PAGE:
Georgia State University President Mark Becker, who is working with local developers on a proposal to acquire and redevelop the Turner Field site after the Atlanta Braves have pulled up stakes, has plans showing how GSU would honor Hank Aaron as part of its athletic venues.
“We need to find a way to honor Hank Aaron in a proper way,” Robinson said. “The community should have an opportunity to figure this out because it appears that it was the community that paid for this statue.”
Bob Hope’s historical account:
From: Bob Hope
Sent: Wednesday, Dec. 17, 2014
To: Maria Saporta
Subject: history of Hank Aaron statue….
Here is the origin of the Hank Aaron statue.
After I left the employment of the Braves and Ted’s various ventures at the time, I went to work for The Coca-Cola Company. While attending the 1980 Masters Golf Tournament, I had dinner with former Braves pitcher Pat Jarvis. Pat noted what a shame it was that there was no significant recognition of Hank Aaron’s record breaking home run in Atlanta, saying he thought it would be nice to have a statue like the one of Stan Musial in St. Louis. We agreed to try to make that happen.
The next day I called the Braves and they put me in touch with T. Herman Graves, the director of the Atlanta Fulton County Recreation Authority. I was told it was a stadium authority matter and would need approval of their board if I wanted to donate a statue of Hank at the stadium. T. Herman quickly got that approval.
I formed a 501(c)3 called The Committee to Honor Hank Aaron and we set about the process of pricing, raising funds and selecting a sculptor. By this time, Pat Jarvis dropped out of the effort. However, we had a core of about six to eight people and a board of maybe 20 (I have the board and all the donors in a book at home).
We decided we wanted to make it a “people’s statue” and would list all donors regardless of how much each gave and present those donors in a book to Hank when the statue was dedicated (the book I have a copy of at home). I put in an initial $5,000 once we had priced out the cost of a statue and found it would cost in total about $150,000 (which included a marble base and lighting, in addition to the statue itself).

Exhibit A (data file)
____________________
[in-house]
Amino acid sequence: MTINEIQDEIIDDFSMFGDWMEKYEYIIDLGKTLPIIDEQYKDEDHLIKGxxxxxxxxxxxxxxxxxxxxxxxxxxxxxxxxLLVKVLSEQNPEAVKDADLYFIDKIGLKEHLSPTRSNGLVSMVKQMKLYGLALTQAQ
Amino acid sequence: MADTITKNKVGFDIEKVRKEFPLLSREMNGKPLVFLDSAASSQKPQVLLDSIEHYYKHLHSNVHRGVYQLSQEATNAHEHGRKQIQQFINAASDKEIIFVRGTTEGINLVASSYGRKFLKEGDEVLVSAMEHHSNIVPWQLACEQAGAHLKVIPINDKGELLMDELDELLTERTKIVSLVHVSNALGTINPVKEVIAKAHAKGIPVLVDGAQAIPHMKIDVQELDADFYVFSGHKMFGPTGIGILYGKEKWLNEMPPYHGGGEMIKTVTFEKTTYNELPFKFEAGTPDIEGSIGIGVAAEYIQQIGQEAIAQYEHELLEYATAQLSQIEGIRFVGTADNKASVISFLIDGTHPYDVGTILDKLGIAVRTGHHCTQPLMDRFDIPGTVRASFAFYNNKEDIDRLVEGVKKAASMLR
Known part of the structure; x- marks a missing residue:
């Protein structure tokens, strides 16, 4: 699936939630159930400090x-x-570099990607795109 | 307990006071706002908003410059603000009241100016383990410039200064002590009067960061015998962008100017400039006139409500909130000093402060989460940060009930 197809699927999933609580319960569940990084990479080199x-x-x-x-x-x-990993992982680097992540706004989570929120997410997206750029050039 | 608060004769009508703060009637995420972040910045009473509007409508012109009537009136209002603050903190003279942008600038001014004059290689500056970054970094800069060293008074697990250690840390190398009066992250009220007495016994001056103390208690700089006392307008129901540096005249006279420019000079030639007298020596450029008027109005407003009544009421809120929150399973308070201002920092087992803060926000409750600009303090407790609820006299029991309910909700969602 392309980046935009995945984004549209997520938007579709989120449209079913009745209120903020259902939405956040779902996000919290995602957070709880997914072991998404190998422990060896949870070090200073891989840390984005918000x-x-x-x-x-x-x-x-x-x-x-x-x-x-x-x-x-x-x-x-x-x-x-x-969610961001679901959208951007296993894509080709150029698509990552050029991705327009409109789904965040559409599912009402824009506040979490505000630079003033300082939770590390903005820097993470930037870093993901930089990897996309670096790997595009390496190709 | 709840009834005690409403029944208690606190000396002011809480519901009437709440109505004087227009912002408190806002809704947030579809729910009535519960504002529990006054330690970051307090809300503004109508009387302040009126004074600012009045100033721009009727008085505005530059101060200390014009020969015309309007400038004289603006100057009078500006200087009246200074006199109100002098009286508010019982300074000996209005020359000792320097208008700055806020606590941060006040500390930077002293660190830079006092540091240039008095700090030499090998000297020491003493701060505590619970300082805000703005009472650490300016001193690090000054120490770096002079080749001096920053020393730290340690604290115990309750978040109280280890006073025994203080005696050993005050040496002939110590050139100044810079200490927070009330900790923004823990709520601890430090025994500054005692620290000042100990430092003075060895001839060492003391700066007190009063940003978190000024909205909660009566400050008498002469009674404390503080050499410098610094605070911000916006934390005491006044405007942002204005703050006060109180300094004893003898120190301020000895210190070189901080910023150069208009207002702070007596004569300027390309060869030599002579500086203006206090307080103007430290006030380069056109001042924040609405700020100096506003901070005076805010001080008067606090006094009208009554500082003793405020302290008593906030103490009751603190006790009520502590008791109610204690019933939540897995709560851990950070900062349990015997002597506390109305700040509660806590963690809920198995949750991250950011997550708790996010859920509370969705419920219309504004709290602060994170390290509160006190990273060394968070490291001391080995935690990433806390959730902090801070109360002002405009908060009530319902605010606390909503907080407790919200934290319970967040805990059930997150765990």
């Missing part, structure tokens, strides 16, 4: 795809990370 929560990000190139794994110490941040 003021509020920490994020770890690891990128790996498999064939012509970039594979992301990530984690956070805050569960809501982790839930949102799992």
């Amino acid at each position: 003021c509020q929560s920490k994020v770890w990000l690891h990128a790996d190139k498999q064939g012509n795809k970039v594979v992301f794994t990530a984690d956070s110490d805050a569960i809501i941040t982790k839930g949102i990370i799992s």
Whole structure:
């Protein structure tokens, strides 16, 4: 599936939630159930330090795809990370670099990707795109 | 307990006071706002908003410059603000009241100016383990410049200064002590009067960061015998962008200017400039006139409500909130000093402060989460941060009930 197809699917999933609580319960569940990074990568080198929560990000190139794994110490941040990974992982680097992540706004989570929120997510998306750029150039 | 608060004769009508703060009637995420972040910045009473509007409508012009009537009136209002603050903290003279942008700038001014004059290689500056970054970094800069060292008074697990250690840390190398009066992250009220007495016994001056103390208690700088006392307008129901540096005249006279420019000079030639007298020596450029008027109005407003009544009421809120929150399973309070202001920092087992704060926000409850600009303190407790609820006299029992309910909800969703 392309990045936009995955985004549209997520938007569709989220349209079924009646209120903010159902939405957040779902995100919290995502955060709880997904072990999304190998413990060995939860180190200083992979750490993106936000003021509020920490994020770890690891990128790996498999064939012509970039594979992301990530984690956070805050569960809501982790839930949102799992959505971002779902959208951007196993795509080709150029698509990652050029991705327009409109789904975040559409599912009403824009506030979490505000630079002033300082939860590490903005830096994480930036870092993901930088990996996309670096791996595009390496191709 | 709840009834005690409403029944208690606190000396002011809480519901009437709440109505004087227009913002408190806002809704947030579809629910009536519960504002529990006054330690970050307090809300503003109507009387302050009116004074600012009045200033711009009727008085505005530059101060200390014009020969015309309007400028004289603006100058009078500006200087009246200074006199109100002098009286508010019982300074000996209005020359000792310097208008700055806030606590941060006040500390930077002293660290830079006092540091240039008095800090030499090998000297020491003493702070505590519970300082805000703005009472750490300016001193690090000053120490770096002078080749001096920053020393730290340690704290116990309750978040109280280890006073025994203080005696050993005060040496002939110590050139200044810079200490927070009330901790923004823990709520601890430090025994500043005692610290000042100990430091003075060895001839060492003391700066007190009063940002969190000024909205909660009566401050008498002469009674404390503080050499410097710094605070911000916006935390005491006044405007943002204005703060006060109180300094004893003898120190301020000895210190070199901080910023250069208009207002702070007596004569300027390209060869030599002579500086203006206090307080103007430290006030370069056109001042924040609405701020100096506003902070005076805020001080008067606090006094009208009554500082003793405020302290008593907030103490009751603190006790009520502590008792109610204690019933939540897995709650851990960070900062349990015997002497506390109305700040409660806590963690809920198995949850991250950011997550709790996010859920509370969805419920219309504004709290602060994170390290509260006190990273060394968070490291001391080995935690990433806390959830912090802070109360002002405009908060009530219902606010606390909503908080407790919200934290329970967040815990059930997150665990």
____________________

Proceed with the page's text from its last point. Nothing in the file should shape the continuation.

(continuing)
We had a kickoff press conference at the old Downtown Marriott (now the Sheraton). Bowie Kuhn, the Commissioner of Baseball, was there along with Ted Turner. I made the announcement of the formation of the committee and the fundraising effort. Ted committed the “first donation” of $10,000. In actuality, as an aside, Ted said he would give the last $10,000 once I got that close. However, when I went to him for it, he told me I was doing a great job and didn’t need him, just to raise the rest of the money. He didn’t give any more, nor did the Braves, which was frustrating, but fine.
Bob Hunter of Cousins was on the committee and took care of the RFP process with sculptors and narrowed it to three that were acceptable to the stadium authority. Then, Hank made the decision on a sculptor. He selected Ed Dwight of Denver, who was the first black astronaut and had never done a statue but was an accomplished sculptor. I pushed for the guy who did the Iwo Jima statue that is in Washington. Glad I lost. Ed did a great job. My main contribution is that I got all the photos of 715 I could find and told Ed I wanted it to be Hank completing the swing and looking at the ball soar to its highest point, which is what he did and did well.
The Committee to Honor Hank Aaron, Inc., signed the contract with Ed and it was very much “pay as you go”, with payment dates that gave us time to raise funds.
It took about 18 months to raise all the money and was fairly challenging. We had some very solid contributors of $5,000 each, notables including Vince Dooley and Sam Nunn. David Easterly, who was publisher of the AJC, stepped in near the end and helped us close out the fundraising (we were focused on paying for the statue and he called around to complete the needs of the marble base, lighting, etc. which somewhat snuck up on us).
We had one delay in the dedication of the statue because the mold collapsed (scary) but then successfully unveiled and dedicated it in September, 1982, before a Braves game.
Unless Bob Hunter did some, there was no paperwork. We simply gave the statue to the Atlanta Fulton Country Recreation Authority as agreed.
As noted, I have the book listing the donors, showing the board of the Committee to Honor Hank Aaron and with a letter from me to Hank at the front, saying we were pleased to be able to donate the statue of him.
The unveiling ceremony was very cool. I have photos of the stage with folks like Maynard Jackson, Andy Young and Sam Nunn participating. As an aside, I refused to look at the statue until it was unveiled. I was fearful of being disappointed but was delighted because it seemed perfect.
My only motivation was to please Hank and have a statue for kids to have their photos taken with. During the fifth inning of the game when the statue was unveiled, I left the stadium to go look at the statue. The only other person outside looking at it was Hank.
Hope this helps.
That’s pretty much the story.